Re-shaping assessments in the digital age

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Increasingly we are using digital technologies to assess. If a student is operating in a digital space day to day, it makes sense that their assessment should mirror that. But what about students who don’t have access to devices? Are we widening the gap?

I’d argue that there is tension between existing assessment policy and the demand to assess 21st century skills. Transposing digital technologies onto an existing framework of assessment is problematic because the “measures have been constructed using pedagogical beliefs which predate the digital age” (Heppell, 1999 in Starkey, 2016). No longer is it just about ‘knowing stuff’. We are equipping students with vital interpersonal skills such as negotiation, collaboration, and problem solving. Additionally, students are learning media literacy and how to sift through and critically analyse information. Is it possible to assess these skills? Is there a better way to test the thinking behind decisions? Rarely do we work in isolation, without collaboration or access to resources. Why are we demanding our students do the same?

Let’s take Languages in New Zealand as an example. Listening and reading examinations are the traditional image of an assessment: standardised across New Zealand, static, one-off, and closed-book conditions. However, there have been efforts to infuse technology into these assessments. Since 2015, various languages have been involved in online assessment pilots or trials.

When evaluated against the Substitution Augmentation Modification Redefinition (SAMR) Model (Puentedura, 2014), the reading examination represents ‘substitution’. The assessment paper has simply been transposed onto the screen, with no functional change. However, the listening assessment has undergone ‘augmentation’. The key difference when compared to a pen and paper examination is that students have full agency over audio playback. What would a redefined listening assessment look like?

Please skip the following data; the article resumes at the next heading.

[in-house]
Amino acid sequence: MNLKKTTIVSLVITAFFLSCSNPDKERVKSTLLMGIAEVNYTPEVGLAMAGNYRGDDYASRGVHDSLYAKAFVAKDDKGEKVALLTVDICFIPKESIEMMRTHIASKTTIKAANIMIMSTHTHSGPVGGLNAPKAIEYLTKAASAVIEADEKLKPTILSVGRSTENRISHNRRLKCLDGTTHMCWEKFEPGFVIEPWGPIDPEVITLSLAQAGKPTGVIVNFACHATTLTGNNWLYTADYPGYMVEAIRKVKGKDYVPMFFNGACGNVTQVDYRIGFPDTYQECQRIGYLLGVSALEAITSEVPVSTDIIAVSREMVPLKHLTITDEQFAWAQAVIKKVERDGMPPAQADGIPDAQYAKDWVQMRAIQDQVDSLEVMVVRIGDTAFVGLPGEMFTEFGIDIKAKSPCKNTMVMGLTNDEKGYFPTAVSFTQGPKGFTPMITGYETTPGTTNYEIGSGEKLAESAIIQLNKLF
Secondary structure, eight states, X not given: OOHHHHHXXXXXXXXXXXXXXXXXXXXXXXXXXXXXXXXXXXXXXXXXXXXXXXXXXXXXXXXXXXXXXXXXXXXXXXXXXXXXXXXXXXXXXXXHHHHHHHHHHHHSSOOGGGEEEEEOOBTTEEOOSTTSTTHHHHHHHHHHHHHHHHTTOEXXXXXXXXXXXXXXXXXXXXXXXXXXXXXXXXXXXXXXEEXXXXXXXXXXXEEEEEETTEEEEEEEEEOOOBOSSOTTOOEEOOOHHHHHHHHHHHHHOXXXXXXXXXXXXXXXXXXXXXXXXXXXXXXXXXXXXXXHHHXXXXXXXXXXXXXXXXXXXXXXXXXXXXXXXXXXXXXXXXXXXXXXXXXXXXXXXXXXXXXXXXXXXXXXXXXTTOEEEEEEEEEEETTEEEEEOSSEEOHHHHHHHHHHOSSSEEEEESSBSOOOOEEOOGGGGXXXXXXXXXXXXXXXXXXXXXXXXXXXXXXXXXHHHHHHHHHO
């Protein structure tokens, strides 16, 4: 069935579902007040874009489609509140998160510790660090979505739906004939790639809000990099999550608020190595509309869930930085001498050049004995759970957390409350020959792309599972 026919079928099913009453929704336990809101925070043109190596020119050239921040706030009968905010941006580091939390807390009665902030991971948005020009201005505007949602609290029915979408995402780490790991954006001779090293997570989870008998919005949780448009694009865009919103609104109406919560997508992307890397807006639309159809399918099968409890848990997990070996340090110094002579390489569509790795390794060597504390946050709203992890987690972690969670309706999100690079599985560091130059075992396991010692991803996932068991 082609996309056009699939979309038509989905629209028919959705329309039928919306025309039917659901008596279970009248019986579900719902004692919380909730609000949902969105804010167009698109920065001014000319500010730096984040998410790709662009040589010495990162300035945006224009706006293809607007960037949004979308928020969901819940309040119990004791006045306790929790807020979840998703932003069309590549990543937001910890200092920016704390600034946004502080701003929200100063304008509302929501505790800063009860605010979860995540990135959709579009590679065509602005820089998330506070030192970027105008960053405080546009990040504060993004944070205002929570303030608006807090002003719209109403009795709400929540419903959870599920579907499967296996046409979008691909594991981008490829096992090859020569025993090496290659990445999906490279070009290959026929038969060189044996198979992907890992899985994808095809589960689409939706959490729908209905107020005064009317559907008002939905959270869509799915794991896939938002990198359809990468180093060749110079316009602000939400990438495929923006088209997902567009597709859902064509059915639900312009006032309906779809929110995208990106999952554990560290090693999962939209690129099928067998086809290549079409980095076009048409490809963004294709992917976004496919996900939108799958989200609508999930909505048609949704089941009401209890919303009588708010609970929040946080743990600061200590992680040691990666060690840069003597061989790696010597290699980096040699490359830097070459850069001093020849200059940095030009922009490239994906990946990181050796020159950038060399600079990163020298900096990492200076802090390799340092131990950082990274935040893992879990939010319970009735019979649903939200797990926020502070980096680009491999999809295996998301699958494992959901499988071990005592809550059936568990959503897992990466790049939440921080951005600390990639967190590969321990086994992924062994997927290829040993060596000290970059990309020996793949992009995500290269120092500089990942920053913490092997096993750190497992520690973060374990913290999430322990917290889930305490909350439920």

I developed a Language Acquisition Assessment Framework as part of my Master’s study. Drawing inspiration from Siemen’s (2004) connectivist principles and Starkey’s (2011) Digital Age Learning Matrix I proposed three internal assessments: Interact, Writing, and Viewing. As is current practice in New Zealand, the assessments are a collection of ongoing and authentic evidence of student progress. Feedback plays a crucial role in this framework and students receive it from various sources: self-reflection on their task, peer or foreign language peer, and from their teacher. I share it with you now to spark thought about how we could assess languages – and other subjects – in the digital age.

While we may not be able to change formal assessments, perhaps it is possible to draw out some elements to inform ongoing formative assessments. How can students share their work and establish connections with others to develop their understanding and create meaning? How is self and peer review integrated into assessment? How do you incorporate technology into existing assessments?

It comes down to what we value as educators – is it content knowledge, the ability to seek out and make sense of information, the sharing of knowledge, or a blend of it all?

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